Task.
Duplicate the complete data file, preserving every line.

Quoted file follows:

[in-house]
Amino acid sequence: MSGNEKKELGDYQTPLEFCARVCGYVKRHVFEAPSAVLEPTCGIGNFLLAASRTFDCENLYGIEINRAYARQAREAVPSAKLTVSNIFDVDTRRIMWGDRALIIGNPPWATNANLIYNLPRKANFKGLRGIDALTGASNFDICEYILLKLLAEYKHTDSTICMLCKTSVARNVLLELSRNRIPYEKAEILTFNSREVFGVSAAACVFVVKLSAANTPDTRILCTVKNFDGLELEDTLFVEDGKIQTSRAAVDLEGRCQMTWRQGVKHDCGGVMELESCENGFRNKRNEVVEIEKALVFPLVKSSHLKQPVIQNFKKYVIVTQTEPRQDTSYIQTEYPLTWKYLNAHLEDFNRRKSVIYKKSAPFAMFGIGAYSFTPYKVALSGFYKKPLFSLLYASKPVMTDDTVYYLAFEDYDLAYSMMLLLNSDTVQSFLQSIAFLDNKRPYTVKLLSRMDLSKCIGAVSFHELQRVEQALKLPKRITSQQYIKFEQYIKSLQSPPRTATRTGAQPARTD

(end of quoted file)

[in-house]
Amino acid sequence: MSGNEKKELGDYQTPLEFCARVCGYVKRHVFEAPSAVLEPTCGIGNFLLAASRTFDCENLYGIEINRAYARQAREAVPSAKLTVSNIFDVDTRRIMWGDRALIIGNPPWATNANLIYNLPRKANFKGLRGIDALTGASNFDICEYILLKLLAEYKHTDSTICMLCKTSVARNVLLELSRNRIPYEKAEILTFNSREVFGVSAAACVFVVKLSAANTPDTRILCTVKNFDGLELEDTLFVEDGKIQTSRAAVDLEGRCQMTWRQGVKHDCGGVMELESCENGFRNKRNEVVEIEKALVFPLVKSSHLKQPVIQNFKKYVIVTQTEPRQDTSYIQTEYPLTWKYLNAHLEDFNRRKSVIYKKSAPFAMFGIGAYSFTPYKVALSGFYKKPLFSLLYASKPVMTDDTVYYLAFEDYDLAYSMMLLLNSDTVQSFLQSIAFLDNKRPYTVKLLSRMDLSKCIGAVSFHELQRVEQALKLPKRITSQQYIKFEQYIKSLQSPPRTATRTGAQPARTD